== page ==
Samuel Warren

Royal Navy officer during the American War of Independence, and the French Revolutionary Wars and Napoleonic Wars.
Sir Samuel Warren KCB, KCH (9 January 1769 – 15 October 1839) was an officer of the Royal Navy who served during the American War of Independence, and the French Revolutionary and Napoleonic Wars. Warren entered the navy towards the end of the American War of Independence, and after seeing service at several actions in European waters, served on a number of ships prior to the outbreak of the French Revolutionary Wars. A lieutenant by then, he was at the Glorious First of June and the Battle of Groix, before being promoted to his own commands. He was successful against French privateers and merchants in the Caribbean, before being promoted to captain in 1802. He saw action in command of a ship of the line at the Battle of Cape Finisterre in 1805, before supporting operations off the Río de la Plata in 1806 and 1807. Warren took command of HMS Bellerophon in 1808 and served in the Baltic Sea, carrying out operations against Russian shipping. He then commanded a frigate, in which he was charged with transporting Lucien Bonaparte and his family to England. He then sailed to the East Indies and played an important role in the Invasion of Java in 1811. He was made a Companion of the Bath at the end of the Napoleonic Wars in 1815, and commanded several more ships, including the royal yacht. He also held a number of shore appointments, being knighted and made a Knight Commander of the Royal Guelphic Order in 1835. Promoted to rear-admiral in 1837, he was made a Knight Commander of the Bath shortly before his death in 1839.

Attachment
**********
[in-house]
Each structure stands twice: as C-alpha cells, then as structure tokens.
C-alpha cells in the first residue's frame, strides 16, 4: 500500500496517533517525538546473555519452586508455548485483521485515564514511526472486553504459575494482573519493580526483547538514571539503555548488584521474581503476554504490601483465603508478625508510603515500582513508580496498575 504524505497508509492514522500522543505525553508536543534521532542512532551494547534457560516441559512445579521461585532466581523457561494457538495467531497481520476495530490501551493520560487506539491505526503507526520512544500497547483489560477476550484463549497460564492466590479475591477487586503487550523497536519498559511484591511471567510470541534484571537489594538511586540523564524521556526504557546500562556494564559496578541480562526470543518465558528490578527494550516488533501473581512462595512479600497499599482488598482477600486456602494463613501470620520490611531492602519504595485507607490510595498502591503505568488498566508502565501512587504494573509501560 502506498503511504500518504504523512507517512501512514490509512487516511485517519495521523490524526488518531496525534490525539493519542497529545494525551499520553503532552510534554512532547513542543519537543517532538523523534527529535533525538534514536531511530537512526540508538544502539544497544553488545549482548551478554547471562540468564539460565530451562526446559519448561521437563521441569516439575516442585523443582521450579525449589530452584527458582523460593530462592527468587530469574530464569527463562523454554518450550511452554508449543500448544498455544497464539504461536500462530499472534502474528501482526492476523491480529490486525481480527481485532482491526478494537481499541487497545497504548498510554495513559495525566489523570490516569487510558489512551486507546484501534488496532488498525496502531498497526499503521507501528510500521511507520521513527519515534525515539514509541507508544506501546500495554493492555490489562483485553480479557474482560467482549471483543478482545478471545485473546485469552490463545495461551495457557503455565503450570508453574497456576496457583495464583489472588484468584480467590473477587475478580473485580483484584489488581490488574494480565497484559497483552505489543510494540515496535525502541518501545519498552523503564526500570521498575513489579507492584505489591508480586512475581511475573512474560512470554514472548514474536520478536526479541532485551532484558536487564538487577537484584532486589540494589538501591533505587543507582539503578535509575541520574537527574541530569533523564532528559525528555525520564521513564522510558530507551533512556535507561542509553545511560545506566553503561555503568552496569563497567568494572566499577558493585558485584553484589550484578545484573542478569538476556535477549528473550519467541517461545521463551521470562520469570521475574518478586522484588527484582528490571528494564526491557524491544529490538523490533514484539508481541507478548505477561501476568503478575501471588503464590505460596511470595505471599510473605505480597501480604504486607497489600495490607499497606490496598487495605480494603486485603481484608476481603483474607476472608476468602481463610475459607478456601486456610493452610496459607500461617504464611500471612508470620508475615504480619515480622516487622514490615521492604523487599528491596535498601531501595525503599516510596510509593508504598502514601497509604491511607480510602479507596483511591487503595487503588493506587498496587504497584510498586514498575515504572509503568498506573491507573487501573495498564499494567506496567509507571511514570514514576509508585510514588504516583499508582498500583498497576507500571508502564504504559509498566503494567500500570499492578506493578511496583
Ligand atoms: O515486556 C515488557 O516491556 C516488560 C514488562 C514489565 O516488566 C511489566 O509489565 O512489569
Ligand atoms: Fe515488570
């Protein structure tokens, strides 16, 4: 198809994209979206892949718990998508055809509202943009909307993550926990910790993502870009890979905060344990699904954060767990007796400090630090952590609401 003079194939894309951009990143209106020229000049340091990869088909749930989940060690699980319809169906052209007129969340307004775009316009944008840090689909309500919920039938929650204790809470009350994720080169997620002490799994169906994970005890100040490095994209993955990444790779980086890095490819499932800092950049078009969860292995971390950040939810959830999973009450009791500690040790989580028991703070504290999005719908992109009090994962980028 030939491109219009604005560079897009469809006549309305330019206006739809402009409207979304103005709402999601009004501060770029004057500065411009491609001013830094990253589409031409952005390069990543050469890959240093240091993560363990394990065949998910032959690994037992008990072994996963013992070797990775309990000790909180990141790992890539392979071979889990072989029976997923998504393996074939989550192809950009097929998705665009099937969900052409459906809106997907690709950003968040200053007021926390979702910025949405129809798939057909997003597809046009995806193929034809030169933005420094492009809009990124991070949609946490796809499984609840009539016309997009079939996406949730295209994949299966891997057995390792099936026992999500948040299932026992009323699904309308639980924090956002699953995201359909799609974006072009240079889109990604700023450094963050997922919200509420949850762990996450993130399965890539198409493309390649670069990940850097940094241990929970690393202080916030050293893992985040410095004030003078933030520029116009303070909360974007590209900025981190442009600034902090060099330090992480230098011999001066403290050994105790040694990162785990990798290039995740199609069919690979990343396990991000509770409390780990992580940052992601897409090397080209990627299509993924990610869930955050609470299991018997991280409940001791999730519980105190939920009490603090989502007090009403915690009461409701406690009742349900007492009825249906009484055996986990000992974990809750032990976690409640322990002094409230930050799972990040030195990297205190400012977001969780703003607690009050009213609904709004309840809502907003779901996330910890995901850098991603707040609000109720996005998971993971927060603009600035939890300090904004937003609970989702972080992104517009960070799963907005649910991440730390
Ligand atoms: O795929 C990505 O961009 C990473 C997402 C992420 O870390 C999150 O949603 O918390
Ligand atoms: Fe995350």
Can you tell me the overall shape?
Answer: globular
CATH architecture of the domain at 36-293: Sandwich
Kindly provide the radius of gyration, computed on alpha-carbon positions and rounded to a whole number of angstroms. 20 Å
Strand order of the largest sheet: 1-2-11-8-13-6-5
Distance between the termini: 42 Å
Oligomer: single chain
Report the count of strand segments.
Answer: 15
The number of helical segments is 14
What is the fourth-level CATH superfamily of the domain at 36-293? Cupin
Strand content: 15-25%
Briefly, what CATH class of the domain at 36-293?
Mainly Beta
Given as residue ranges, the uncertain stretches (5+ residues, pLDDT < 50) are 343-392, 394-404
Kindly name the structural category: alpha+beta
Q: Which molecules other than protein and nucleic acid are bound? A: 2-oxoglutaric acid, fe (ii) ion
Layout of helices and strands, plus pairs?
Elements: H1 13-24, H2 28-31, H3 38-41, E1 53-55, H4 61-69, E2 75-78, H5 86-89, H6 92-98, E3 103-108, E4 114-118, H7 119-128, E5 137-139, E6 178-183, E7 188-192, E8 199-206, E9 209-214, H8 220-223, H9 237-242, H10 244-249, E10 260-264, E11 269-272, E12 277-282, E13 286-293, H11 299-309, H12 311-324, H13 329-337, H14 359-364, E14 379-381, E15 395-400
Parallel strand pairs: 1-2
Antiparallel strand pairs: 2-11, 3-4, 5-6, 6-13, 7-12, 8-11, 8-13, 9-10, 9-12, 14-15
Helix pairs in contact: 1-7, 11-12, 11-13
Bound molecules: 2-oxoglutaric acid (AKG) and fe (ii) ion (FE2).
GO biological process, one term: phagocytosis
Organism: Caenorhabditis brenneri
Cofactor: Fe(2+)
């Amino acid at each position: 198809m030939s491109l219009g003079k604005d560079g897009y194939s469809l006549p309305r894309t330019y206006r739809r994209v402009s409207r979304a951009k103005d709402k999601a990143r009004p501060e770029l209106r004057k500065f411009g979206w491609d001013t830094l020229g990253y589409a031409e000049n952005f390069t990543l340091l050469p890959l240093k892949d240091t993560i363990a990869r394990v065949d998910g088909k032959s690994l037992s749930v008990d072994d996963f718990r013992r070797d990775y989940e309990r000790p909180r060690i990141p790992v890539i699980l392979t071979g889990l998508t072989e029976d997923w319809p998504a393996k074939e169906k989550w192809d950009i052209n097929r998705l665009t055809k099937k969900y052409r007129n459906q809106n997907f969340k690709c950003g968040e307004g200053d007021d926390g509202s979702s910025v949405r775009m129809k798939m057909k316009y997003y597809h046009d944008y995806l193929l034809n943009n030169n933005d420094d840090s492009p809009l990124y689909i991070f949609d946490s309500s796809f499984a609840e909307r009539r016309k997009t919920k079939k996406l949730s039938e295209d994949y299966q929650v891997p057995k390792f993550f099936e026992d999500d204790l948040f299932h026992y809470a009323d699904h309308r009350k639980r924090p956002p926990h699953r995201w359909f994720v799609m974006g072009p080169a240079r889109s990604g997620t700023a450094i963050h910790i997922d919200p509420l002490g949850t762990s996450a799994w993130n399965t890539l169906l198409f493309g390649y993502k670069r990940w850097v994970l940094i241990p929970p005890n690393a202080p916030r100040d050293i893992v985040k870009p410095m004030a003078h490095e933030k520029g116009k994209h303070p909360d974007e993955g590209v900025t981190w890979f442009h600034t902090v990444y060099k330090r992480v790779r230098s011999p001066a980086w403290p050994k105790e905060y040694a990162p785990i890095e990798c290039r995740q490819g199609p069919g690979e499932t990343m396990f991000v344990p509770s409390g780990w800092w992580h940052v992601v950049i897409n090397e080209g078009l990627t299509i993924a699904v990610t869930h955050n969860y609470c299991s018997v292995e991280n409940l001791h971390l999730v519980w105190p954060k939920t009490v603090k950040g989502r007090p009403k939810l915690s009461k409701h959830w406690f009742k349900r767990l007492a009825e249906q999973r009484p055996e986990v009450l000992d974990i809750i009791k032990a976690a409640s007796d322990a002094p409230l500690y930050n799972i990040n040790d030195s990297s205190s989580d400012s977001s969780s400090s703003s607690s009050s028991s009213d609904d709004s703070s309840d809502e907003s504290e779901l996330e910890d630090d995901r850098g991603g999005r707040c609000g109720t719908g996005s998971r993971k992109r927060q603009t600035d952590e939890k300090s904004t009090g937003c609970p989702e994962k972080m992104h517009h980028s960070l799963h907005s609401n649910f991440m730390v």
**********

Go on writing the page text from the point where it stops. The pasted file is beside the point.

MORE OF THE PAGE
Personal facts

Given name
Samuel
Family name
Warren
Birth date
1769-01-09
Birth place
Kent Sandwich, Kent
Depiction
External link

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